Are the Cubs inching closer to unleashing their secret weapon?


Drew Smyly's potential return has been hovering over the Cubs as an enticing X-factor all season.

Will he pitch this season? If so, how will he be used and how effective will he be?

Labor Day weekend has passed and we still don't have any answers to these questions for a guy with a track record of success over more than 570 big-league innings, which is why Joe Maddon has referred to Smyly as a secret weapon for this Cubs team.

The 29-year-old southpaw threw a simulated game Tuesday afternoon, tossing 23 pitches against teammates Victor Caratini and Terrance Gore.

"[He looked] really good. Smyly was outstanding, actually," Maddon said. "That was really good Smyly. I've seen that in the past. The velocity was up, the carry was good on the pitch, the breaking ball was better.

"With another couple weeks to really get out and pitch, he'd be ready to do something. He was looking that good."

Meaning what?

"If he was able to be on a regular routine and stretched out, there's no telling what he could do right now. He looked that good."

Smyly was supposed to throw Monday with Triple-A Iowa, but the rain pushed it back to Tuesday. There are no more minor league games for Smyly to rehab in, so sim games are all he has right now as he works back from Tommy John surgery.

He did throw one inning with Class-A South Bend on August 30, striking out all three batters he faced.

At the moment, the Cubs don't have a next step mapped out for Smyly.

It's mostly about the recovery time right now for Smyly, who hasn't pitched in a big-league game since 2016.

Earlier in the season, the Cubs had talked about potentially utilizing Smyly out of the bullpen or even supplementing the rotation if everything went well. A spot start seems out of reach at this point with less than four weeks left in the season, but Maddon acknowledged Smyly could probably pitch an inning in a game right now. 

Smyly's rehab got stuck in neutral for most of August because of the recovery issue. After throwing in higher-intensity outings like sim games, the muscle soreness would linger for a few days since he went so long without using all those muscles.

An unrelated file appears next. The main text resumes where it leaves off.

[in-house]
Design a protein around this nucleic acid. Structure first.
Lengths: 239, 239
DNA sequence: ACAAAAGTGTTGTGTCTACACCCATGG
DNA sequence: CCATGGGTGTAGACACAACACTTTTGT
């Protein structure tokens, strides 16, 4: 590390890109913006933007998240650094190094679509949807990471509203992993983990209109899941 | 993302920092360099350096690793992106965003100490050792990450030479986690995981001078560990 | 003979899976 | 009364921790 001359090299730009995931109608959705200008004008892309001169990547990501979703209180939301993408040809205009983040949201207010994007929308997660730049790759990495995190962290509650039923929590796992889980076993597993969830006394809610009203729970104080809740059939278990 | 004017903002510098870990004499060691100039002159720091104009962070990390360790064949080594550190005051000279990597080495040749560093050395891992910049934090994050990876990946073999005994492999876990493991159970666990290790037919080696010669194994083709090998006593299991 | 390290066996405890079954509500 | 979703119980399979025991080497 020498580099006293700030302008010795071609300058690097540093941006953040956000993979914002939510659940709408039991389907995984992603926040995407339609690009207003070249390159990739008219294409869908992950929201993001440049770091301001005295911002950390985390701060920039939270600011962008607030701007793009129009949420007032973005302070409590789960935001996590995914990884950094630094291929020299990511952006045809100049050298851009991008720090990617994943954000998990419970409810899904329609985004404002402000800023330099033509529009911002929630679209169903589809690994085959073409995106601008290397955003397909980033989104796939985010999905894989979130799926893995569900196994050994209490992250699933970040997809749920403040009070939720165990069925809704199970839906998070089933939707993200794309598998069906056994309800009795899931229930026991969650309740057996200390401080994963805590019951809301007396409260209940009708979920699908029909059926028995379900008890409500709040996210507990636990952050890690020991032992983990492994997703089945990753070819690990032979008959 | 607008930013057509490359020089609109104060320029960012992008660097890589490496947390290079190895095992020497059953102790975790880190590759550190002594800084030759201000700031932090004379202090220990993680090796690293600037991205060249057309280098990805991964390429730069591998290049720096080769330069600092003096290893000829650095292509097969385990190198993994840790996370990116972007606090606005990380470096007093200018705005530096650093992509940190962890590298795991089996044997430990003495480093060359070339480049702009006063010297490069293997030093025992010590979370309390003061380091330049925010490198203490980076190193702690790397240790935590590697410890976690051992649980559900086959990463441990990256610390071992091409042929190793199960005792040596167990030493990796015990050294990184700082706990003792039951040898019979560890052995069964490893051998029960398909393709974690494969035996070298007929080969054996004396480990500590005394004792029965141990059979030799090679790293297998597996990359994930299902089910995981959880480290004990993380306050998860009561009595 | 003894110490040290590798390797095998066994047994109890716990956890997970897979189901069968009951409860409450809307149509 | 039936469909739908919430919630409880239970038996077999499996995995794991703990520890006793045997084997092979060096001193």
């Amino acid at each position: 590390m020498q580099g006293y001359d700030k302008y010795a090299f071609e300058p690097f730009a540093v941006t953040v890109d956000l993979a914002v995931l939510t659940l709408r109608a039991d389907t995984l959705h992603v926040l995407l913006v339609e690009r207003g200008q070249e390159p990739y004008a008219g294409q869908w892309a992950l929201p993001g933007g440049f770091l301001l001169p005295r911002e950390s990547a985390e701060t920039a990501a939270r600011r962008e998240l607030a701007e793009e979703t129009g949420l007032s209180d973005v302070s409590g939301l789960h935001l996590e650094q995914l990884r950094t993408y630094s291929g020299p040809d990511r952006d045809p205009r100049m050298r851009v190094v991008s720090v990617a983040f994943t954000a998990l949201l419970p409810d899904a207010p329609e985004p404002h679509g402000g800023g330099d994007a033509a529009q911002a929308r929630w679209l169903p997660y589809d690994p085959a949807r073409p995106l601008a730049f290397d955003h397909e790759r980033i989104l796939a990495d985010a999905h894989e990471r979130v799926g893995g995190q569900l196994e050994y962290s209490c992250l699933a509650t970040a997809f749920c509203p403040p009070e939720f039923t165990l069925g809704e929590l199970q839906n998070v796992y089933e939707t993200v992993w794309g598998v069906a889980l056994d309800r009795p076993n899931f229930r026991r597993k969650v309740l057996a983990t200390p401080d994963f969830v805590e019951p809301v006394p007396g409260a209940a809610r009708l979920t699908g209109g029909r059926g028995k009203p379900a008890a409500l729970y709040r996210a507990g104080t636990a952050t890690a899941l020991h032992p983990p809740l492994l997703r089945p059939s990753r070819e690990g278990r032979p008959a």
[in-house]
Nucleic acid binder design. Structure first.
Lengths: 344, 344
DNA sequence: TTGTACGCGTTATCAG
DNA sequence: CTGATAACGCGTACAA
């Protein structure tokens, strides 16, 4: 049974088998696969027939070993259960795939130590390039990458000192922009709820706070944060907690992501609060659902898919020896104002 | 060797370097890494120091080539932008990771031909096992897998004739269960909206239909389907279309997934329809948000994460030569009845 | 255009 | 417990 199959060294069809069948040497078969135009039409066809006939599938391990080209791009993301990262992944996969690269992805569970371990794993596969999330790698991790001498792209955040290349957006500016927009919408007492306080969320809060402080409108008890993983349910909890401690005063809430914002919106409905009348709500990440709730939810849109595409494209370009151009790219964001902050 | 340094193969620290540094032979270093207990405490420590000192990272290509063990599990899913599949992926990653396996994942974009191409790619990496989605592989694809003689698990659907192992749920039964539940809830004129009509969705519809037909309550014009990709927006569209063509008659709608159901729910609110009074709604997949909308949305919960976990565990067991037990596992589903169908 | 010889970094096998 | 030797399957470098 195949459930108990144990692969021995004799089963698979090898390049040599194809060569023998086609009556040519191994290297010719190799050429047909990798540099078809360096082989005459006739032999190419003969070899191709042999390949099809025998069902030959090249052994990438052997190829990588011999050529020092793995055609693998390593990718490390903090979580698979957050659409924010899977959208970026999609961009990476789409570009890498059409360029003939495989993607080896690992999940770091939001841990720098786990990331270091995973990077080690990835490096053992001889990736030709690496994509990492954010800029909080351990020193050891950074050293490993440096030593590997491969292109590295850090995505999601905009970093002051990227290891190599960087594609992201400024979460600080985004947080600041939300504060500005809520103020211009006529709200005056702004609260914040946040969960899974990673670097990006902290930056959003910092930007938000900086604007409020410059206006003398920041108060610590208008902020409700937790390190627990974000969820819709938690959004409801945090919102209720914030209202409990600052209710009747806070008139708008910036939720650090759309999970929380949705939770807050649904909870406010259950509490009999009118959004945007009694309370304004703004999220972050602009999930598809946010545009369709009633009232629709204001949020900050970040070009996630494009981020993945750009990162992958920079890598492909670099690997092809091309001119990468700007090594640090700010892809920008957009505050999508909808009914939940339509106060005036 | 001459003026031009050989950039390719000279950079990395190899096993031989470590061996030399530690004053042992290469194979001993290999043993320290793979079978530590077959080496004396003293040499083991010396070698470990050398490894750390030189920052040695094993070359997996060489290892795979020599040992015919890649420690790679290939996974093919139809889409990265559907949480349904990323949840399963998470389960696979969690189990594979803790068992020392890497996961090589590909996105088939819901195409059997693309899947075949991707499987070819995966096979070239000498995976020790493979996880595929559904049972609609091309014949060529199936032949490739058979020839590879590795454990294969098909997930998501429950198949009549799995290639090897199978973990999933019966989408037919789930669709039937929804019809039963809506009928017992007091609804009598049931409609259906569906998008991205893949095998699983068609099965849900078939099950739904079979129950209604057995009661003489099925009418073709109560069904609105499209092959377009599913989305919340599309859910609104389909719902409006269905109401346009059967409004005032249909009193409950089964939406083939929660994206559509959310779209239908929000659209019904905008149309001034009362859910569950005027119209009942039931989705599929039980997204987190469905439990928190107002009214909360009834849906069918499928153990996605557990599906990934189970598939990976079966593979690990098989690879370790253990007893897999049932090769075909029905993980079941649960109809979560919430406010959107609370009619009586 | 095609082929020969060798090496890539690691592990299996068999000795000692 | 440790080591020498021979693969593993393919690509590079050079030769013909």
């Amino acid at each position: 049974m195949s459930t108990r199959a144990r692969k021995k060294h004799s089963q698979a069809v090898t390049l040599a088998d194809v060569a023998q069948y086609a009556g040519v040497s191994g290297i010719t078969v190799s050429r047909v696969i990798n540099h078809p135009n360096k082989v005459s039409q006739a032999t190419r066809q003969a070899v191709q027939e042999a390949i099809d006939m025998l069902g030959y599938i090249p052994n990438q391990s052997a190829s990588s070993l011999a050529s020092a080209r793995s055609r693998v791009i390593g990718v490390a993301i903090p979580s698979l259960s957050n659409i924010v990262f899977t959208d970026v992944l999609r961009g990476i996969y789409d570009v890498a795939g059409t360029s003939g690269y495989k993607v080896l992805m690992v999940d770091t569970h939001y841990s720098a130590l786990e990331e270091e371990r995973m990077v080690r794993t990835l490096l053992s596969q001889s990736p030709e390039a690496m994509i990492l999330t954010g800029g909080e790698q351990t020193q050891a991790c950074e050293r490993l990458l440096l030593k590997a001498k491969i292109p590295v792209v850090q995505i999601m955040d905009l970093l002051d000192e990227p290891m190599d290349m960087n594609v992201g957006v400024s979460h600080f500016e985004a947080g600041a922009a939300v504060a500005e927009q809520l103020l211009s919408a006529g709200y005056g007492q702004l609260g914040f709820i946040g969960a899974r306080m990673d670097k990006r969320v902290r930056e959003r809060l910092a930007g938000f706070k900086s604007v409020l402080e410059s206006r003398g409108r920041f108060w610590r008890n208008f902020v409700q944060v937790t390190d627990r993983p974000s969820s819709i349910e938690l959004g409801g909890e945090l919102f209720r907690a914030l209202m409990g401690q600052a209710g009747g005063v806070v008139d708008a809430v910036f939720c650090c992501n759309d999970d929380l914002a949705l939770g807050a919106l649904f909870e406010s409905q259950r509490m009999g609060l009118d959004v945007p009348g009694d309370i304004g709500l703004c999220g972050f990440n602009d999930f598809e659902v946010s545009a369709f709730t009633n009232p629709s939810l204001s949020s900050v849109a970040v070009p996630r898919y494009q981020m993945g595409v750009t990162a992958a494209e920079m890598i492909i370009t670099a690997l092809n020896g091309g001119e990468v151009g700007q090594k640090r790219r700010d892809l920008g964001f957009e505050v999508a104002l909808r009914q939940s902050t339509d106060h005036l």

That recovery time hasn't been an issue of late, he said, and that's a cause for optimism.

"I feel strong, I feel healthy," Smyly said. "It's a fun time right now. I'm excited to keep moving forward. ... The recovery phase of pitching — facing hitters, letting it go and then waking up a day or two later and feel good enough to continue throwing.

"That was kind of what held me back the last six weeks. Since I started ramping it up again, it just feels way different. Everything's coming a little more easier. It feels fresh. It's a good thing right now."

Smyly said he would love to pitch again this season, but knows there's a bigger picture and ultimately, it will be up to the Cubs front office, coaching staff and training staff to make that call.

He approached Tuesday's sim game like a tryout of sorts, trying to impress the Cubs decision-makers and show them he should be pitching in the big leagues.

"In my mind, I'm close," he said. "I finally feel like my arm's coming around and it's showing signs of being normal again."

Smyly fully acknowledges the mental hurdle he had to get over with his surgically-repaired elbow. Even though he's fully healthy now, the feeling in the elbow was still a conscious thought at the front of his brain — especially when snapping off a curveball.

Not to mention the patience of a recovery process that has kept him out of action for nearly two full MLB seasons right in the midst of his prime.

"The mental aspect — there's been a lot of lonely days, a lot of daydreaming about the future days," Smyly said. "It's hard to stay in the present moment. You just want to keep looking forward to the day you get to pitch and the day you're healthy again. 

"So it's been a long road for me. I can tell I'm getting to the end, but the live BP session today went amazing and I think I opened some eyes with the coaches that are watching behind. I'm just excited to keep moving forward."

Over the final few weeks of the regular season, the bullpen will be one of the main talking points on a daily basis. 

There are so many questions still unanswered about how the Cubs will construct a postseason bullpen (assuming they make the postseason) with guys like Smyly and Brandon Morrow recovering from injury.

With the Cubs still looking for more stability among their left-handed relievers beyond Justin Wilson, a guy like Smyly could come in handy if he is able to ramp it back up.

After all, he has a career 2.47 ERA, 1.07 WHIP and 9.7 K/9 in 87.1 innings of relief.

So can he be a secret weapon for the Cubs in the final month of the regular season and possibly into the playoffs?

"I hope I can be," Smyly said. "I'm just looking forward to play and being a part of this team a little more. Any way I can help in September would be great and hopefully I can just keep progressing through the end of the month and we'll see where it leads me."

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